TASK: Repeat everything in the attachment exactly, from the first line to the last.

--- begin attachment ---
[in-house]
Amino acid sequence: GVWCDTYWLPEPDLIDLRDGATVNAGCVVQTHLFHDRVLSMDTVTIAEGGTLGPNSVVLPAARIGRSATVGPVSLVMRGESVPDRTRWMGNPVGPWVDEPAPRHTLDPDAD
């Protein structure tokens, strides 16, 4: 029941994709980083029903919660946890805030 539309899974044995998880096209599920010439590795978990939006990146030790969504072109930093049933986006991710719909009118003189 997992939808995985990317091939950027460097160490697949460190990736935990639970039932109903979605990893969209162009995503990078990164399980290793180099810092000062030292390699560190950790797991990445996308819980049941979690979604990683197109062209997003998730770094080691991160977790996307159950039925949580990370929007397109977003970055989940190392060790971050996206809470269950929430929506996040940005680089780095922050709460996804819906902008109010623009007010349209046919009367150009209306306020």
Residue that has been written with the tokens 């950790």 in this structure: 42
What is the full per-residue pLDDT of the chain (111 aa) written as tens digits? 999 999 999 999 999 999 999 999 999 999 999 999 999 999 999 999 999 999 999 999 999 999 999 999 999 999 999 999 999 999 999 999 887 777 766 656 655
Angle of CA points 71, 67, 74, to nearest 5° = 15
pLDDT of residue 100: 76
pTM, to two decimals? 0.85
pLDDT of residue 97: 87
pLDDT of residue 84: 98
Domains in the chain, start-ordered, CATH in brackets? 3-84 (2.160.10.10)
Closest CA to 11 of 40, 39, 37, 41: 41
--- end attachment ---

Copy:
[in-house]
Amino acid sequence: GVWCDTYWLPEPDLIDLRDGATVNAGCVVQTHLFHDRVLSMDTVTIAEGGTLGPNSVVLPAARIGRSATVGPVSLVMRGESVPDRTRWMGNPVGPWVDEPAPRHTLDPDAD
């Protein structure tokens, strides 16, 4: 029941994709980083029903919660946890805030 539309899974044995998880096209599920010439590795978990939006990146030790969504072109930093049933986006991710719909009118003189 997992939808995985990317091939950027460097160490697949460190990736935990639970039932109903979605990893969209162009995503990078990164399980290793180099810092000062030292390699560190950790797991990445996308819980049941979690979604990683197109062209997003998730770094080691991160977790996307159950039925949580990370929007397109977003970055989940190392060790971050996206809470269950929430929506996040940005680089780095922050709460996804819906902008109010623009007010349209046919009367150009209306306020």
Residue that has been written with the tokens 């950790």 in this structure: 42
What is the full per-residue pLDDT of the chain (111 aa) written as tens digits? 999 999 999 999 999 999 999 999 999 999 999 999 999 999 999 999 999 999 999 999 999 999 999 999 999 999 999 999 999 999 999 999 887 777 766 656 655
Angle of CA points 71, 67, 74, to nearest 5° = 15
pLDDT of residue 100: 76
pTM, to two decimals? 0.85
pLDDT of residue 97: 87
pLDDT of residue 84: 98
Domains in the chain, start-ordered, CATH in brackets? 3-84 (2.160.10.10)
Closest CA to 11 of 40, 39, 37, 41: 41